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Pigeons and doves constitute the bird family Columbidae.

Pigeons and doves are stout-bodied birds with short necks, and short slender bills (and in some species, these bills feature fleshy ceres). They primarily feed on seeds, fruits, and plants. In general, the terms “dove” and “pigeon” are used somewhat interchangeably. Pigeon is a French word that derives from the Latin pipio, for a “peeping” chick, while dove is a Germanic word that refers to the bird’s diving flight.

In ornithological practice, “dove” tends to be used for smaller species and “pigeon” for larger ones, but this is in no way consistently applied, and historically, the common names for these birds involve a great deal of variation between the terms. The species most commonly referred to as “pigeon” is the rock dove, one subspecies of which, the domestic pigeon, is common in many cities as the feral pigeon. Pigeons and doves are likely the most common birds in the world.

Doves and pigeons build relatively flimsy nests – often using sticks and other debris – which may be placed in trees, on ledges, or on the ground, depending on species. They lay one or two eggs at a time, and both parents care for the young, which leave the nest after seven to 28 days. Unlike most birds, both sexes of doves and pigeons produce “crop milk” to feed to their young, secreted by a sloughing of fluid-filled cells from the lining of the crop. Young doves and pigeons are called “squabs”.

Pigeons and doves are stocky birds that range from 15 to 75 cm long and weigh from 30 to over 2000 g. The smaller species within Columbidae are often called doves and the larger species pigeons, but these names do not necessarily reflect true differences and are often used interchangeably.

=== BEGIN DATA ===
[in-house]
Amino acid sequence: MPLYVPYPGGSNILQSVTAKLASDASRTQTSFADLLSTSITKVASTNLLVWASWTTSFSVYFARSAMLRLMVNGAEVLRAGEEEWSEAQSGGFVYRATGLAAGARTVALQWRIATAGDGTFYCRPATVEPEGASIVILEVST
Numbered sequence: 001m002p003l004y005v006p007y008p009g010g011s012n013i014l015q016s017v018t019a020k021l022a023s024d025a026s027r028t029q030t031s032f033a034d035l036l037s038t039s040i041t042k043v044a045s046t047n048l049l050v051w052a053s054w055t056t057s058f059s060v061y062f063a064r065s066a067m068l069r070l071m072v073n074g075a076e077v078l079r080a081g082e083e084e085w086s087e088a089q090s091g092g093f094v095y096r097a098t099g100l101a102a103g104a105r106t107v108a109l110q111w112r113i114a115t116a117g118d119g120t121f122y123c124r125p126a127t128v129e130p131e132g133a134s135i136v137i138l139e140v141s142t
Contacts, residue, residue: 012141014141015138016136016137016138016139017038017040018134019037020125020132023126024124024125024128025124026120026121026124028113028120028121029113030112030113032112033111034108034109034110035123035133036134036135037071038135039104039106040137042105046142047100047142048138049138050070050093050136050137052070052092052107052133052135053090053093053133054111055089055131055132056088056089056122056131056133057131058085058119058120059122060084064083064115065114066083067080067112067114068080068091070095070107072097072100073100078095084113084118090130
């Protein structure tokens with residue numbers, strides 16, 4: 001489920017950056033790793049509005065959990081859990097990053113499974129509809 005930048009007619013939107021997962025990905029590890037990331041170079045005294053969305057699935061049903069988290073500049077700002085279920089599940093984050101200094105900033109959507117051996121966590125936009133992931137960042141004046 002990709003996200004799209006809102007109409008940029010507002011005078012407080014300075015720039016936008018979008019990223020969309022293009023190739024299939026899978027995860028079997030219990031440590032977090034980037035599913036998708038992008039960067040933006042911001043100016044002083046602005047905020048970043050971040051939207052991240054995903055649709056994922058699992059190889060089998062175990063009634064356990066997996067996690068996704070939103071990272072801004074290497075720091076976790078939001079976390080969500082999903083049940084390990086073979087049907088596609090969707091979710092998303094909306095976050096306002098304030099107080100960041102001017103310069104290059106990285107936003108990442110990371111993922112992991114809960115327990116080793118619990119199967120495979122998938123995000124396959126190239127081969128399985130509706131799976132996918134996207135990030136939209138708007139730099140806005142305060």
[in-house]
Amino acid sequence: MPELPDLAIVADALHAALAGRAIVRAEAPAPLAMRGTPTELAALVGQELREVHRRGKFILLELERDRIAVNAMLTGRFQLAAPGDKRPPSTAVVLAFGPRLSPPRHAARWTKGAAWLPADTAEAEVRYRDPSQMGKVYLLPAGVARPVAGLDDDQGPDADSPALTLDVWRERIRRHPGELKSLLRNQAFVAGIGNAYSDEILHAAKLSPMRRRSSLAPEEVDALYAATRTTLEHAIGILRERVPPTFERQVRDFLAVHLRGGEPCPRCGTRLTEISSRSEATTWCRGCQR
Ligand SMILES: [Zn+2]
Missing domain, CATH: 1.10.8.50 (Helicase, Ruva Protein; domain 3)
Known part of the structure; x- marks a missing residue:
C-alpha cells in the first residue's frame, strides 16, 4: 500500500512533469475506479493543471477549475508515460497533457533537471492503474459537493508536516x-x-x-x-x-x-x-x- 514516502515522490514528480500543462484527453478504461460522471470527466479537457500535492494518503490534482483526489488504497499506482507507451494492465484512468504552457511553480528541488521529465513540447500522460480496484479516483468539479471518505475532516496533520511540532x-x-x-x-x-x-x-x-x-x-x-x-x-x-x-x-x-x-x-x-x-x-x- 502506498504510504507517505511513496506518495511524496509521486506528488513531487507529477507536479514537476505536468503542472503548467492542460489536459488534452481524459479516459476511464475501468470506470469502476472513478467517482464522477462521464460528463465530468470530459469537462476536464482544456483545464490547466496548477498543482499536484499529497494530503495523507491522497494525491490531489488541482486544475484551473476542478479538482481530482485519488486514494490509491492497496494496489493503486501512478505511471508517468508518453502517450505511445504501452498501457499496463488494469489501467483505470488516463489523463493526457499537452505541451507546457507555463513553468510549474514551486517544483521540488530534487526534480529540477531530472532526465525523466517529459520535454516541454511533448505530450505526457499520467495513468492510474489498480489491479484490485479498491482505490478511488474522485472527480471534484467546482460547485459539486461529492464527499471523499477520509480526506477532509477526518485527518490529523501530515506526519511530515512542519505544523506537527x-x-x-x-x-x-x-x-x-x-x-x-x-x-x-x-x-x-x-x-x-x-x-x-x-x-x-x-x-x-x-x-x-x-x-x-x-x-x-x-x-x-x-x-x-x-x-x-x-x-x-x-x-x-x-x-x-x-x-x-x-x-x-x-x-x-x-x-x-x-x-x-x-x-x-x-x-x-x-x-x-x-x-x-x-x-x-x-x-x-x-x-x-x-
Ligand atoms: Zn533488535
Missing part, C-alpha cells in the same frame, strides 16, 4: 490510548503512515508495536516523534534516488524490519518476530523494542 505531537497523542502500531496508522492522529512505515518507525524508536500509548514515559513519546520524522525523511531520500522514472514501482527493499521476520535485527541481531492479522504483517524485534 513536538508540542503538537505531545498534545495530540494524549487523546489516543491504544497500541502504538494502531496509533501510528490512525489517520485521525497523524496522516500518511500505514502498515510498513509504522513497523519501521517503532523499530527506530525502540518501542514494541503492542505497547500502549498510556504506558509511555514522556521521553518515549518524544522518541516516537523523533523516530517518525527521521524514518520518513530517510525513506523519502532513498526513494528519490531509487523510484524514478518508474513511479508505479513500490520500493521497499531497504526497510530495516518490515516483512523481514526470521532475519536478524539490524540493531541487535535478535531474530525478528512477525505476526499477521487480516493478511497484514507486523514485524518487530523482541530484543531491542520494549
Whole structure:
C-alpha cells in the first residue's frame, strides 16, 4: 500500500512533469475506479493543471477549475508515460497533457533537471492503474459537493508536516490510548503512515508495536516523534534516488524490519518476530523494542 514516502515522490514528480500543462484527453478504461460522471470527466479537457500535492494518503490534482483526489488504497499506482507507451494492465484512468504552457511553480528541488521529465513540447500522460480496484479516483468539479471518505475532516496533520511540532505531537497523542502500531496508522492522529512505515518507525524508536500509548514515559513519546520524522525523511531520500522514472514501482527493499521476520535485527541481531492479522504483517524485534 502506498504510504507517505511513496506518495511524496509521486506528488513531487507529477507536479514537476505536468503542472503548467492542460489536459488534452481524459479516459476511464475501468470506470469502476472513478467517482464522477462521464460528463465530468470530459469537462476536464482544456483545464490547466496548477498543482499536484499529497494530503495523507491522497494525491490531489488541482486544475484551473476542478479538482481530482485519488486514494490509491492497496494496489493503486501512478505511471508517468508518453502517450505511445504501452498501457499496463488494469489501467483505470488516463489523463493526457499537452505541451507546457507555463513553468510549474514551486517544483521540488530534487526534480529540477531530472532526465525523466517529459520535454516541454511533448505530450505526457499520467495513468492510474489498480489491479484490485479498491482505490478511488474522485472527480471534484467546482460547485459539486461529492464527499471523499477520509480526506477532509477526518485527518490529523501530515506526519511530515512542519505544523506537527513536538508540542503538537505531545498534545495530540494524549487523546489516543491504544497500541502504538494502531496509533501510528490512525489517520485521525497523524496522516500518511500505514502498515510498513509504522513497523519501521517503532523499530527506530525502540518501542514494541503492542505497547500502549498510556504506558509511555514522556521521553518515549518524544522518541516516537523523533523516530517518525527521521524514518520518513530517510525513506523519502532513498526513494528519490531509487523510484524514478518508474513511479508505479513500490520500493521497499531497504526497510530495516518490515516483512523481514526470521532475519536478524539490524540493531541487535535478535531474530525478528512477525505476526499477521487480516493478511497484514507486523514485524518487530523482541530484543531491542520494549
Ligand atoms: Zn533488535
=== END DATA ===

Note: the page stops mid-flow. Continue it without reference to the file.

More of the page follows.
Columbids have small heads and short beaks and legs. Their flight muscles may make up to 44 percent of the bird’s body weight and allow them to have excellent flying capabilities and maneuverability. Wing-shape is often a good indicator of the species’ migratory behavior. They have soft skin at the base of their bills and a ring of bare skin around their eyes that can be red, blue, yellow or white. Columbids have a bilobed crop that produces “crop-milk” (or “pigeon milk”) that they feed their young.

Columbids can be divided in to seed-eating and fruit-eating species. Many of the seed-eating columbids are buff, grey and brown colors while the fruit-eaters are often more brightly colored. Typical pigeons (subfamily Columbinae) are usually grey, brown and/or pink. Fruit-eating pigeons (subfamily Treroninae) are more colorful with oranges and greens.

Crowned pigeons (subfamily Gourinae) are grey with pink or chestnut underparts and a white wing patch. Tooth-billed pigeons (subfamily Didunculinae) are chestnut colored on the back and wings and dark green elsewhere. Many doves and pigeons have ornamentation, such as crests and colorful eye rings, and iridescent feathers on the neck, breast, back, wings and face. They range from sexually monomorphic to sexually dimorphic, and molt annually after breeding.



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